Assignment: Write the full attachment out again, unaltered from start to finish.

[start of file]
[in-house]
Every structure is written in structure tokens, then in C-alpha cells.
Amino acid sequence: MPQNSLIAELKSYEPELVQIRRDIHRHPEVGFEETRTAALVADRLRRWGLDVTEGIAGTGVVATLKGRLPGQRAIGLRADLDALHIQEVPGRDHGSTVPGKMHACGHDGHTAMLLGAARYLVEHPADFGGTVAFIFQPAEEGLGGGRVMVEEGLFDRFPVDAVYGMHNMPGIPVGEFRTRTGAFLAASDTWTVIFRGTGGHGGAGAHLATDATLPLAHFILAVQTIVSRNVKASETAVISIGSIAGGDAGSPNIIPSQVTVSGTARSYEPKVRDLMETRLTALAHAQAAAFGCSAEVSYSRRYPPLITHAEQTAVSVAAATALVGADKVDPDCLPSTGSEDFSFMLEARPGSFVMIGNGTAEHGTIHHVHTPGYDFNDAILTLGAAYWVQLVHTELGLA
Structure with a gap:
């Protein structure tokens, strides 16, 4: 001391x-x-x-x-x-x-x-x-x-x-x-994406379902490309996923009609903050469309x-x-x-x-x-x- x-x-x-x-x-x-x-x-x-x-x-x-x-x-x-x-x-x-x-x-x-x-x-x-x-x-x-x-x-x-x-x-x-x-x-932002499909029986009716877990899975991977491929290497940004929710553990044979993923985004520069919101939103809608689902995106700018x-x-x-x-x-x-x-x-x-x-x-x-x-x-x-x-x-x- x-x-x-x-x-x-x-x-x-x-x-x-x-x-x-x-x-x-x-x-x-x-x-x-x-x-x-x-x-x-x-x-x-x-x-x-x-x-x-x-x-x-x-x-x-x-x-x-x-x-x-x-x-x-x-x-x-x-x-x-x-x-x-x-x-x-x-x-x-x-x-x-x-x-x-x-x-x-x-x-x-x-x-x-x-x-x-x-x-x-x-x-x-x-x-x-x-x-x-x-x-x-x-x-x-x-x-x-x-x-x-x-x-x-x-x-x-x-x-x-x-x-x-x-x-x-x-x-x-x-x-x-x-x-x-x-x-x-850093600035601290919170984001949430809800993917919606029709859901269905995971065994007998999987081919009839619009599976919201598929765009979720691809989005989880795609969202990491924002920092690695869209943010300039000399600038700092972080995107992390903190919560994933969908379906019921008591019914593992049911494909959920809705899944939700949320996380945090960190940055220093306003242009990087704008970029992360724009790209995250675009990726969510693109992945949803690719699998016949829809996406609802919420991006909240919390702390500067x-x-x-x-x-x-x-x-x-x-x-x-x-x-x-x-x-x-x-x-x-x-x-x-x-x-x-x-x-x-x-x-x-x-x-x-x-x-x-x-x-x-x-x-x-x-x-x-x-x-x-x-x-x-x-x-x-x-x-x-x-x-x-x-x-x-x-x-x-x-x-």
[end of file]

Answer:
[in-house]
Every structure is written in structure tokens, then in C-alpha cells.
Amino acid sequence: MPQNSLIAELKSYEPELVQIRRDIHRHPEVGFEETRTAALVADRLRRWGLDVTEGIAGTGVVATLKGRLPGQRAIGLRADLDALHIQEVPGRDHGSTVPGKMHACGHDGHTAMLLGAARYLVEHPADFGGTVAFIFQPAEEGLGGGRVMVEEGLFDRFPVDAVYGMHNMPGIPVGEFRTRTGAFLAASDTWTVIFRGTGGHGGAGAHLATDATLPLAHFILAVQTIVSRNVKASETAVISIGSIAGGDAGSPNIIPSQVTVSGTARSYEPKVRDLMETRLTALAHAQAAAFGCSAEVSYSRRYPPLITHAEQTAVSVAAATALVGADKVDPDCLPSTGSEDFSFMLEARPGSFVMIGNGTAEHGTIHHVHTPGYDFNDAILTLGAAYWVQLVHTELGLA
Structure with a gap:
């Protein structure tokens, strides 16, 4: 001391x-x-x-x-x-x-x-x-x-x-x-994406379902490309996923009609903050469309x-x-x-x-x-x- x-x-x-x-x-x-x-x-x-x-x-x-x-x-x-x-x-x-x-x-x-x-x-x-x-x-x-x-x-x-x-x-x-x-x-932002499909029986009716877990899975991977491929290497940004929710553990044979993923985004520069919101939103809608689902995106700018x-x-x-x-x-x-x-x-x-x-x-x-x-x-x-x-x-x- x-x-x-x-x-x-x-x-x-x-x-x-x-x-x-x-x-x-x-x-x-x-x-x-x-x-x-x-x-x-x-x-x-x-x-x-x-x-x-x-x-x-x-x-x-x-x-x-x-x-x-x-x-x-x-x-x-x-x-x-x-x-x-x-x-x-x-x-x-x-x-x-x-x-x-x-x-x-x-x-x-x-x-x-x-x-x-x-x-x-x-x-x-x-x-x-x-x-x-x-x-x-x-x-x-x-x-x-x-x-x-x-x-x-x-x-x-x-x-x-x-x-x-x-x-x-x-x-x-x-x-x-x-x-x-x-x-x-850093600035601290919170984001949430809800993917919606029709859901269905995971065994007998999987081919009839619009599976919201598929765009979720691809989005989880795609969202990491924002920092690695869209943010300039000399600038700092972080995107992390903190919560994933969908379906019921008591019914593992049911494909959920809705899944939700949320996380945090960190940055220093306003242009990087704008970029992360724009790209995250675009990726969510693109992945949803690719699998016949829809996406609802919420991006909240919390702390500067x-x-x-x-x-x-x-x-x-x-x-x-x-x-x-x-x-x-x-x-x-x-x-x-x-x-x-x-x-x-x-x-x-x-x-x-x-x-x-x-x-x-x-x-x-x-x-x-x-x-x-x-x-x-x-x-x-x-x-x-x-x-x-x-x-x-x-x-x-x-x-």